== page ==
Published on Thursday, May 12, 2016
The cool, wet weather we have been experiencing has lead to increased concern for various threats to our wheat crops. This article includes my updates on what I have been seeing in wheat fields across Ohio over the past few days.
The increased amount of rain throughout the state mean that the risk for head scab, remains high for wheat that is just beginning to flower. Yesterday, I saw some wheat in southern Ohio that was flowering. The picture below shows what flowering wheat looks like.
According to the Penn State University’s risk assessment tool for head scab, there is a high risk susceptible varieties that are heading and a moderate to high risk for moderately susceptible varieties. The maps below depict the areas in Ohio with the greatest risk. The red areas have the greatest risk for head scab. The yellow areas have a moderate risk, and green areas have a low risk.
Fungicides including Prosaro® and Caramba® can be used to help reduce the incidence of head scab. Best management practices indicate fungicides should be applied when 50 percent of the heads are flowering. In addition to head scab, fungicides can help with other diseases you may see including stripe rust and Septoria. Click here to view the fungicide efficacy control guide for wheat diseases. This was created by the North Central Regional Committee on Management of Small Grain Diseases. Be sure to reference this if you feel a spray is warranted.
Wheat Stripe Rust
We are starting to see stripe rust enter several wheat fields in southern Ohio. Below are a few pictures from a field near Ashville, Ohio that depict stripe rust symptoms on wheat. The disease has progressed rapidly in some wheat fields due to the cooler temperatures we have been experiencing. Stripe rust thrives during temperatures in the mid-60s, which is exactly where our temperatures have been over the past few weeks. Stripe rust does not progress as rapidly at temperatures over 80 degrees.
While no variety is immune to stripe rust, there are differences between genetics and their susceptibility to it.Timely, thorough scouting will help to determine if disease pressure is great enough to warrant spraying.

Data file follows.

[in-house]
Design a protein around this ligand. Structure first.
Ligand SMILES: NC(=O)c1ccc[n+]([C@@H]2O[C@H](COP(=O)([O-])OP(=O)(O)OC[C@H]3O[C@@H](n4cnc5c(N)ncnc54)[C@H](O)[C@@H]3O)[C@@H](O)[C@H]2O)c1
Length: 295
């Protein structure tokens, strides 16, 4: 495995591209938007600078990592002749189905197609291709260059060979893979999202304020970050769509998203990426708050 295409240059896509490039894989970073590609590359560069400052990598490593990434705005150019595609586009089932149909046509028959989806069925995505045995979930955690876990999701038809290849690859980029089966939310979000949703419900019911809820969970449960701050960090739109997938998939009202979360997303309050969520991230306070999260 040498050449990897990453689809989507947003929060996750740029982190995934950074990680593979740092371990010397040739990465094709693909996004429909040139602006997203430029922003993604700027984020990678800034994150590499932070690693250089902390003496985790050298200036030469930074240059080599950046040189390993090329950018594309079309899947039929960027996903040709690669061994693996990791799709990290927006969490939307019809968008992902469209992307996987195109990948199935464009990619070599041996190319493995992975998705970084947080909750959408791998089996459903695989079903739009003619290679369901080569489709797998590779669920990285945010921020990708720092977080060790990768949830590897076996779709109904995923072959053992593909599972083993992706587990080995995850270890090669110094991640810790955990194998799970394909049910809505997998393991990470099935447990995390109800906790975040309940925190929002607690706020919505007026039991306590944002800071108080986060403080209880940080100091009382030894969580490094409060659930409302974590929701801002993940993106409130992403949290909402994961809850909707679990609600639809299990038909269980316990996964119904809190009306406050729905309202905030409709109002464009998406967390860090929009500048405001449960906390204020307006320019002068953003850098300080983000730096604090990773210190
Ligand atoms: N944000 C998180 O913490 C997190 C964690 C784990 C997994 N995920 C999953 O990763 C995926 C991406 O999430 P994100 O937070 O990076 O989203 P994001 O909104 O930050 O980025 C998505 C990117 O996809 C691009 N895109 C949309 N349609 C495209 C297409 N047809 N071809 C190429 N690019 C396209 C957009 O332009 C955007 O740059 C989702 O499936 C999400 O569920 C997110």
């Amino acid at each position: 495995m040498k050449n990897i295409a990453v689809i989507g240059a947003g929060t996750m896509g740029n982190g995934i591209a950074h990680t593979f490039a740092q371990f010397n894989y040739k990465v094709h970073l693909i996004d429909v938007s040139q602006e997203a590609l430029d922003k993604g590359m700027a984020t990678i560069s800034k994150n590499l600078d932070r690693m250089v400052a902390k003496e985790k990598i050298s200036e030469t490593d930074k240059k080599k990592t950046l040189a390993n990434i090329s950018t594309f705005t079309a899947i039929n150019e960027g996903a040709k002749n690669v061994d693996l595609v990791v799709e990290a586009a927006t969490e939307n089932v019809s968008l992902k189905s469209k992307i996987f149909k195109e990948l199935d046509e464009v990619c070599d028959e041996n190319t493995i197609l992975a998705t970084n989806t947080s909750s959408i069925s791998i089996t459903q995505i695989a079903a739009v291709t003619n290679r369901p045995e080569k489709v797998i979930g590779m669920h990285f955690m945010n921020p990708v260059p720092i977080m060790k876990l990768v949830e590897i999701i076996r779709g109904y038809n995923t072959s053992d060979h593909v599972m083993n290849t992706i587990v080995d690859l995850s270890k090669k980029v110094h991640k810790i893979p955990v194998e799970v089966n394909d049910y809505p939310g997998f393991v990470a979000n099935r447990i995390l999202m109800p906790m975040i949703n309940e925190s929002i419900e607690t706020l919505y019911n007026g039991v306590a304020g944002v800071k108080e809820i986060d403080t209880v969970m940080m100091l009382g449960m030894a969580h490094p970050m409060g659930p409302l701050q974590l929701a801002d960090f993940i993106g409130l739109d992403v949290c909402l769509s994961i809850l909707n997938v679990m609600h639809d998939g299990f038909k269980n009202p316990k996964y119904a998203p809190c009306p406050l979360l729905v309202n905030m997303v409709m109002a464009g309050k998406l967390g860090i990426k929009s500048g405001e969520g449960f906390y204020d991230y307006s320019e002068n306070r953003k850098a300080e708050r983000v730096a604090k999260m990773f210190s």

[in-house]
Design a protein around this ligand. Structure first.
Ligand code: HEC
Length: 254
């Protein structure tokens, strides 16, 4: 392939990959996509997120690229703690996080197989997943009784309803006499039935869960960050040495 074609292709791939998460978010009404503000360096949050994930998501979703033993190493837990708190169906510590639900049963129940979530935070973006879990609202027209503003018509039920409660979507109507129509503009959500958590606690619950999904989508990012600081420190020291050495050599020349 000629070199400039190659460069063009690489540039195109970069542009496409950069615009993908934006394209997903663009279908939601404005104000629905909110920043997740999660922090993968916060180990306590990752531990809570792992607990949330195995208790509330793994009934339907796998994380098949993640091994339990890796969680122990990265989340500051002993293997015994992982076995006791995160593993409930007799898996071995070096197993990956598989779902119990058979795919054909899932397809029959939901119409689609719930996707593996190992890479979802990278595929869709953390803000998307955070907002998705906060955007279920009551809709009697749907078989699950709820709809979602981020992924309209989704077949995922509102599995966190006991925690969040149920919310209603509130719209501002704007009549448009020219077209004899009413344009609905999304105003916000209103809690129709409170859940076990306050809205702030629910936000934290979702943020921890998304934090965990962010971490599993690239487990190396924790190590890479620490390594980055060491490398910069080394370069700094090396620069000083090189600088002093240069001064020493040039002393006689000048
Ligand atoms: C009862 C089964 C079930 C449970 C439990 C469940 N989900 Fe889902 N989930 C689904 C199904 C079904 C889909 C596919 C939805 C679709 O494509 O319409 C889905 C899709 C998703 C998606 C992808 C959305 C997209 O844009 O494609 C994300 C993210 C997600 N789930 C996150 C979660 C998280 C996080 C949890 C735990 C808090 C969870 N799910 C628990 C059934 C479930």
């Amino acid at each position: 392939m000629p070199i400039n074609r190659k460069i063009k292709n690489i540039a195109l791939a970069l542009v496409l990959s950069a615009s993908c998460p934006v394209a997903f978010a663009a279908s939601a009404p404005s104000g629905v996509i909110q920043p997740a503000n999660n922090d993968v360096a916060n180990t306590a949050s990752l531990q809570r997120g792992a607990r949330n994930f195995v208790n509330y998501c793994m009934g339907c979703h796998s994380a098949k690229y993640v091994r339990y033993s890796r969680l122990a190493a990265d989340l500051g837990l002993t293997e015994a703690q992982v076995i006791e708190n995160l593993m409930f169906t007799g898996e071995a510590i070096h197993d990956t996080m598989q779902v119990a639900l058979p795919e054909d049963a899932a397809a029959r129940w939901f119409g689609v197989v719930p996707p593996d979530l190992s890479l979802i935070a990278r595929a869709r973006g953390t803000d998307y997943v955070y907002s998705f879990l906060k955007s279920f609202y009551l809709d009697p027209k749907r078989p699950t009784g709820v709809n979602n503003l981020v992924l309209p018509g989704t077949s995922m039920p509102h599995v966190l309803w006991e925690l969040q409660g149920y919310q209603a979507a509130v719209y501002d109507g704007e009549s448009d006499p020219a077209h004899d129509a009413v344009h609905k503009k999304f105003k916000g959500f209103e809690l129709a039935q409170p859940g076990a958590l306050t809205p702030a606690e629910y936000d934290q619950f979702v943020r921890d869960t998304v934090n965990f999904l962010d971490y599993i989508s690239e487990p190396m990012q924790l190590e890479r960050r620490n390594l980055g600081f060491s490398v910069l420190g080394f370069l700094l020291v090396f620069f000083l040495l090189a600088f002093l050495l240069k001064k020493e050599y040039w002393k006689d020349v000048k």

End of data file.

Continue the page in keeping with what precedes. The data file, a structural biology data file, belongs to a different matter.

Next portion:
Wheat Spindle Streak
There is another disease that has been found on Ohio wheat and it is a virus called wheat spindle streak. This disease can also cause some yellowing on the leaves, but does not have the orange pustules that wheat stripe rust has. The disease also proliferates with cooler temperatures. Wheat spindle streak is a virus and cannot be controlled by fungicides. Warmer temperatures will stop the spread.
Although I have not seen any armyworms yet, there is still a chance that these may still become a problem. Consider using an insecticide if you decide to use fungicides for head scab or stripe rust. There were some significant captures of armyworm adults at the end of March and early to mid-April that could cause problems as the larvae continue to grow.
The good news is that we have the potential for some very high-yielding wheat this year. We’ve had a lot of fall tillers, very little winter kill, and large head size from what I have seen. The cooler temperatures have also been beneficial as that is when wheat performs best.
I am excited to see the results of our wheat this year! If you have any questions or concerns don’t hesitate to contact your local seed advisor or dealer!
Prosaro® is a registered trademark of Bayer. Caramba® is a registered trademark of BASF.
Author: Mark Apelt
Categories: Agronomy, E Indiana, Ohio
Tags: Beck's Blog, AgTalk, Agronomy, Agronomy Update, Mark Apelt, agronomist, Beck's Agronomist, Ohio wheat, wheat fields, Ohio agornomy, Fungicide, Stripe rust, Armyworms, Wheat Spindle Streak, Head Scab